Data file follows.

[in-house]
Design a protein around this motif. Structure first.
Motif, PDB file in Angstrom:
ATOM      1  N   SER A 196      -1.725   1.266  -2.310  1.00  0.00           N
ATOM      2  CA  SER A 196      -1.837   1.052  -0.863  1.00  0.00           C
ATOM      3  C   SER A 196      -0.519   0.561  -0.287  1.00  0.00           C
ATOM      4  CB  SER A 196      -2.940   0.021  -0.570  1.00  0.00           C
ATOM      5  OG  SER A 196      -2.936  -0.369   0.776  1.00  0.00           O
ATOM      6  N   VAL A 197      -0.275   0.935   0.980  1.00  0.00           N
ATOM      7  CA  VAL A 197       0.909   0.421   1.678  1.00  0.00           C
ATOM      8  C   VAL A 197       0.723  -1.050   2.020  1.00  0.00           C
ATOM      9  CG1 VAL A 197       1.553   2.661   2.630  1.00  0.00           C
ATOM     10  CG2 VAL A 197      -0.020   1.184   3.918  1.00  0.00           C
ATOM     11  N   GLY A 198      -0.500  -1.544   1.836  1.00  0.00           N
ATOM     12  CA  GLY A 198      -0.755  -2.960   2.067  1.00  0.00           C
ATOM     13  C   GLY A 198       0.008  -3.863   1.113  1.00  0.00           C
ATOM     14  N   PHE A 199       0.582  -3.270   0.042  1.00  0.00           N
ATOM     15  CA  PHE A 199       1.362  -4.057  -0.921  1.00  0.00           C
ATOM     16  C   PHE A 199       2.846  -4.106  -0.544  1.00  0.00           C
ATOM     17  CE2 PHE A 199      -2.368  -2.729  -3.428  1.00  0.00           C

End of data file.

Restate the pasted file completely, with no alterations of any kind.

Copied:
[in-house]
Design a protein around this motif. Structure first.
Motif, PDB file in Angstrom:
ATOM      1  N   SER A 196      -1.725   1.266  -2.310  1.00  0.00           N
ATOM      2  CA  SER A 196      -1.837   1.052  -0.863  1.00  0.00           C
ATOM      3  C   SER A 196      -0.519   0.561  -0.287  1.00  0.00           C
ATOM      4  CB  SER A 196      -2.940   0.021  -0.570  1.00  0.00           C
ATOM      5  OG  SER A 196      -2.936  -0.369   0.776  1.00  0.00           O
ATOM      6  N   VAL A 197      -0.275   0.935   0.980  1.00  0.00           N
ATOM      7  CA  VAL A 197       0.909   0.421   1.678  1.00  0.00           C
ATOM      8  C   VAL A 197       0.723  -1.050   2.020  1.00  0.00           C
ATOM      9  CG1 VAL A 197       1.553   2.661   2.630  1.00  0.00           C
ATOM     10  CG2 VAL A 197      -0.020   1.184   3.918  1.00  0.00           C
ATOM     11  N   GLY A 198      -0.500  -1.544   1.836  1.00  0.00           N
ATOM     12  CA  GLY A 198      -0.755  -2.960   2.067  1.00  0.00           C
ATOM     13  C   GLY A 198       0.008  -3.863   1.113  1.00  0.00           C
ATOM     14  N   PHE A 199       0.582  -3.270   0.042  1.00  0.00           N
ATOM     15  CA  PHE A 199       1.362  -4.057  -0.921  1.00  0.00           C
ATOM     16  C   PHE A 199       2.846  -4.106  -0.544  1.00  0.00           C
ATOM     17  CE2 PHE A 199      -2.368  -2.729  -3.428  1.00  0.00           C